A six-day road trip in British Columbia

A solo, 6-day trip through small towns, mountains, and backroads, with Hastings Overland and Destination BC.


British Columbia, a Jeep Rubicon with a tent topper, and a very rough itinerary. This was what Hastings Overland (in partnership with Destination BC) pitched to me, and it's the kind of trip that is right up my alley.

Based out of Vancouver, Hastings Overland rents Jeeps to travelers looking to get a bit off the beaten path in British Columbia. While they will provide a rough plan based on your preferences, they encourage you to diverge, explore, and take off down that old forest service road that looks enticing to find a camp spot for the night. Every Jeep is kitted out with a rooftop tent, camp cooking gear, cutlery, various toiletries, a cooler, a table, and even a few camp chairsand the horsepower to get you up and down any backroad that catches your eye.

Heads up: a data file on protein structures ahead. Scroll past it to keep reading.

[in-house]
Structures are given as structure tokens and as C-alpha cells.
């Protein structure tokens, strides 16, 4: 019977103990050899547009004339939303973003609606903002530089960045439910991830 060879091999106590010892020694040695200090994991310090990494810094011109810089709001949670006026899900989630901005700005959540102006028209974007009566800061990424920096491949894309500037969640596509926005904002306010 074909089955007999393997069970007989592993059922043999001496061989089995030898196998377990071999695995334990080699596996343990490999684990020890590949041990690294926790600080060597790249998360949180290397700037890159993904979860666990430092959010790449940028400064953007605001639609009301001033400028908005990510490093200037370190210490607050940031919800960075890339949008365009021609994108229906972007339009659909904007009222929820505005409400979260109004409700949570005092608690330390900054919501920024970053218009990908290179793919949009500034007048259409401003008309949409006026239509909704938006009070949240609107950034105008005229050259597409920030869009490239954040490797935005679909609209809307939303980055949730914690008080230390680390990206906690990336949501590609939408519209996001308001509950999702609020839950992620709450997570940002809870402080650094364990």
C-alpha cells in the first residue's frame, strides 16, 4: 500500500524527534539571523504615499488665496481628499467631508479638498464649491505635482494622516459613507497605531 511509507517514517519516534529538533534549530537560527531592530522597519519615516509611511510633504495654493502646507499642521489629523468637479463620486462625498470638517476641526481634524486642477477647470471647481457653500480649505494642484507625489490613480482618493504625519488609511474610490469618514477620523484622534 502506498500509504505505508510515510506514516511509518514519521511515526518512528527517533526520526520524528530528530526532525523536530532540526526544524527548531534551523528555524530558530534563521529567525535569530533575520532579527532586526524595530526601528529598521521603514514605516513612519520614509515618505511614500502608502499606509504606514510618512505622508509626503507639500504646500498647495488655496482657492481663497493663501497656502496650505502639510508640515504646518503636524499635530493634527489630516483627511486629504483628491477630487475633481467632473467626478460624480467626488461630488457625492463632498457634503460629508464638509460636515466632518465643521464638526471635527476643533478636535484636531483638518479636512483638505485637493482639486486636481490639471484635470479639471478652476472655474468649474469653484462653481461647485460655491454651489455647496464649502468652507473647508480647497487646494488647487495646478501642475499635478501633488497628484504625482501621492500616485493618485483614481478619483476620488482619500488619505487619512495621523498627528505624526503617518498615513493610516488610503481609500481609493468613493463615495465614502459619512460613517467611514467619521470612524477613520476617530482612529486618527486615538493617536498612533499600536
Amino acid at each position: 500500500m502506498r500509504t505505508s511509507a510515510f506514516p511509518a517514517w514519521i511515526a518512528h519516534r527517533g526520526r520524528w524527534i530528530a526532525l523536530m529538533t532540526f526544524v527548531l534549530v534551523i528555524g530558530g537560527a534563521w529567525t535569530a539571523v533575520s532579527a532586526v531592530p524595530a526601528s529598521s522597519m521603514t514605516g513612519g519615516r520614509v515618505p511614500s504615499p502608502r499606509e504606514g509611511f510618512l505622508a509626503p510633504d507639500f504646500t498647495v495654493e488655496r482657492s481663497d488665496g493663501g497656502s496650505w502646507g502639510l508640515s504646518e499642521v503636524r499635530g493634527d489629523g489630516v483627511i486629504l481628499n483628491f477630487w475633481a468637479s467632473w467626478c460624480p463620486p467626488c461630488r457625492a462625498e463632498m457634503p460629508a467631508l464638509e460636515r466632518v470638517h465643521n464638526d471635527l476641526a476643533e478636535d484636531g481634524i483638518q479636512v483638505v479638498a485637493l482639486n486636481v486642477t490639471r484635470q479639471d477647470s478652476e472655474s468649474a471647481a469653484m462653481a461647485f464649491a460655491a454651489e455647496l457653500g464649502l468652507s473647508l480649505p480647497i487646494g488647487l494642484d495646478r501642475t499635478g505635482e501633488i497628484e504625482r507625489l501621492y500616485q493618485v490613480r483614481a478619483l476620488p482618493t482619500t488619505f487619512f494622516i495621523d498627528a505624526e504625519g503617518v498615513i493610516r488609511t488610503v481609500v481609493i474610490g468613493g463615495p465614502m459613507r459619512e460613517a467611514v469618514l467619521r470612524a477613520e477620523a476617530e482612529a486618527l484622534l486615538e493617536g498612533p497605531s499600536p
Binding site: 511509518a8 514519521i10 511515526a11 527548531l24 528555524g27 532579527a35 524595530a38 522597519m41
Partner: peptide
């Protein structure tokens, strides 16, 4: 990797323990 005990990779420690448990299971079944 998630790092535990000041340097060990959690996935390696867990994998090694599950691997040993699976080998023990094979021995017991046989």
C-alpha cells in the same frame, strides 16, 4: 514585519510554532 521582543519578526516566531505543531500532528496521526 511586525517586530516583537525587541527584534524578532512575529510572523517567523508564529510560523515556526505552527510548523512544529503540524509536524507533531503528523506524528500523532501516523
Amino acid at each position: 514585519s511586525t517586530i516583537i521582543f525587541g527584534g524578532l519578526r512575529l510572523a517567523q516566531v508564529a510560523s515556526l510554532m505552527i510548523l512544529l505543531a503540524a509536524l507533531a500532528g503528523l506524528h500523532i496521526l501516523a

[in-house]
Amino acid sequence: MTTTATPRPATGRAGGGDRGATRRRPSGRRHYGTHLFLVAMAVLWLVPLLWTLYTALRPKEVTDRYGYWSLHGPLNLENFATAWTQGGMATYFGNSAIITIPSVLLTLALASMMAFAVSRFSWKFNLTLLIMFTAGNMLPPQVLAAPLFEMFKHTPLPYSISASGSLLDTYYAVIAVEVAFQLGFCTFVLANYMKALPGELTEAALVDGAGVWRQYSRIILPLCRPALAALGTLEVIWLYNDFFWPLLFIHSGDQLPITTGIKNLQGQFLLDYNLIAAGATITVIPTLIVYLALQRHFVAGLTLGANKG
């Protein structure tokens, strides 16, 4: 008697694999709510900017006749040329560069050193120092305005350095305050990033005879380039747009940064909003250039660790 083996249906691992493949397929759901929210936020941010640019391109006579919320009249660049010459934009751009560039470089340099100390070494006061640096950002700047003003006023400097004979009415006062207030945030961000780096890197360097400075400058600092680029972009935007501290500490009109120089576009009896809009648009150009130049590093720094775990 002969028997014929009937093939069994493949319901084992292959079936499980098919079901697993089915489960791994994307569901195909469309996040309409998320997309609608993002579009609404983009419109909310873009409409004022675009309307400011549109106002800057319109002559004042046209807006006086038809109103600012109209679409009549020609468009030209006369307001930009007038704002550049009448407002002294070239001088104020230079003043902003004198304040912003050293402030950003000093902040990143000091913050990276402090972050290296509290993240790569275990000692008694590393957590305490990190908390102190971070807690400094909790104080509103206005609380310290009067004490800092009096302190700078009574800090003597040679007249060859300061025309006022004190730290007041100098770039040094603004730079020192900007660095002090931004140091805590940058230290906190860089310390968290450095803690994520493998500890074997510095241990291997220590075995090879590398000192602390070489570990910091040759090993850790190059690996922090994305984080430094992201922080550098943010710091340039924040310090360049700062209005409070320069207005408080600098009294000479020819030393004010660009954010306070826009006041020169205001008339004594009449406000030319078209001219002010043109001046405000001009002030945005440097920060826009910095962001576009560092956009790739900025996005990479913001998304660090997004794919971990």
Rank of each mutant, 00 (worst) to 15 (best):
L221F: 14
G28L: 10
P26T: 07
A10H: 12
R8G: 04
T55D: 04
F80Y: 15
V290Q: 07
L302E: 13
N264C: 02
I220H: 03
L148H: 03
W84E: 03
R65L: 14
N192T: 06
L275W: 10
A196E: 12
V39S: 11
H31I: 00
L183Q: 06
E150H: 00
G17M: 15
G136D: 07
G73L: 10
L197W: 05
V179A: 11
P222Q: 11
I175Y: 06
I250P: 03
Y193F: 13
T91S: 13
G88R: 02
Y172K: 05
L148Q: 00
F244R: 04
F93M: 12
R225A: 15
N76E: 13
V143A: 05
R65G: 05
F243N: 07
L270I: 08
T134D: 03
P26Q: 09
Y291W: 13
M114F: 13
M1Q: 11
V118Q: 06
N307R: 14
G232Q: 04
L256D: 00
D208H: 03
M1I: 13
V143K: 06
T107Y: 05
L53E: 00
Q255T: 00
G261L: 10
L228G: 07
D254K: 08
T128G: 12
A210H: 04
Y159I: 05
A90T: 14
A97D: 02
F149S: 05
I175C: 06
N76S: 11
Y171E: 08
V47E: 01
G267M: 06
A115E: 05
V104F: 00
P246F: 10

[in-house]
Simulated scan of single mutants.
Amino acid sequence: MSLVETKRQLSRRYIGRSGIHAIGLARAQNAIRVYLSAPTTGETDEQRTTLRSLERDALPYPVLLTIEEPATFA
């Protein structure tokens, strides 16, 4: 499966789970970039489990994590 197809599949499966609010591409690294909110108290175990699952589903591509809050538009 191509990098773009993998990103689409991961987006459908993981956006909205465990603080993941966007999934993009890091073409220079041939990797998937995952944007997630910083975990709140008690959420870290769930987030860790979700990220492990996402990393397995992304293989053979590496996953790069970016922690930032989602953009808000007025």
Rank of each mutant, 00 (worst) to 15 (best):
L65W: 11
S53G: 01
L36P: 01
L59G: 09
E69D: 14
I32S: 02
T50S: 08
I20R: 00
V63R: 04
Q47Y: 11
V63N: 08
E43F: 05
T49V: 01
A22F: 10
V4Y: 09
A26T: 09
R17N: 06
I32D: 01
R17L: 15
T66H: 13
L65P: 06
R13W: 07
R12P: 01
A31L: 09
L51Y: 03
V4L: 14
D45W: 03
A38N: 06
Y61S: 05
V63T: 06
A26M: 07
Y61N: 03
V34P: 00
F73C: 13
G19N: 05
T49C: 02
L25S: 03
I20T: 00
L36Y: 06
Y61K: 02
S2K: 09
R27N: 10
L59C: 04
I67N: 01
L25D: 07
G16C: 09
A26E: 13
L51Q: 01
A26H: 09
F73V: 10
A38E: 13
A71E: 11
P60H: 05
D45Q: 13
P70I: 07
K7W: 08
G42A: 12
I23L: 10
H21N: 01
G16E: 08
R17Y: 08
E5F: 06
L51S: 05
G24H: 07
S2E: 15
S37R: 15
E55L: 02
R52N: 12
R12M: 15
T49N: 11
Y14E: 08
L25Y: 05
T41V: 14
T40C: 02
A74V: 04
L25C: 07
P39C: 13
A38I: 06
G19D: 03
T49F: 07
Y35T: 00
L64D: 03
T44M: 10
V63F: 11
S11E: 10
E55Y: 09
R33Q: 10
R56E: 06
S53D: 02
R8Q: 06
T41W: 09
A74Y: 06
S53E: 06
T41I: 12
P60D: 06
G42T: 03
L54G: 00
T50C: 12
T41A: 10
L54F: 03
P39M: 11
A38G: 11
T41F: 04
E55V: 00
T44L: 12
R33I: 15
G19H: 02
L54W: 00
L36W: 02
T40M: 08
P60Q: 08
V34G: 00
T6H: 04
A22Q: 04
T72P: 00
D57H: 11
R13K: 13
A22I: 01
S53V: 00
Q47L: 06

Day 1 - Howe Sound

We started the trip with an overnight on a helipad in Howe Sound. In typical coastal mountain style, the trail was basically straight up -- but the 360 views at the top were worth it. You wind upwards through dense forest before topping out at the helipad -- there's just enough room for a few tents. We enjoyed our dinner and few beers with the wild views. There was a bit of haze, a result of wildfires in Northern Alberta blowing over to BC. It made for a pretty surreal sunset.

Howe Sound
Howe Sound

Day 2 -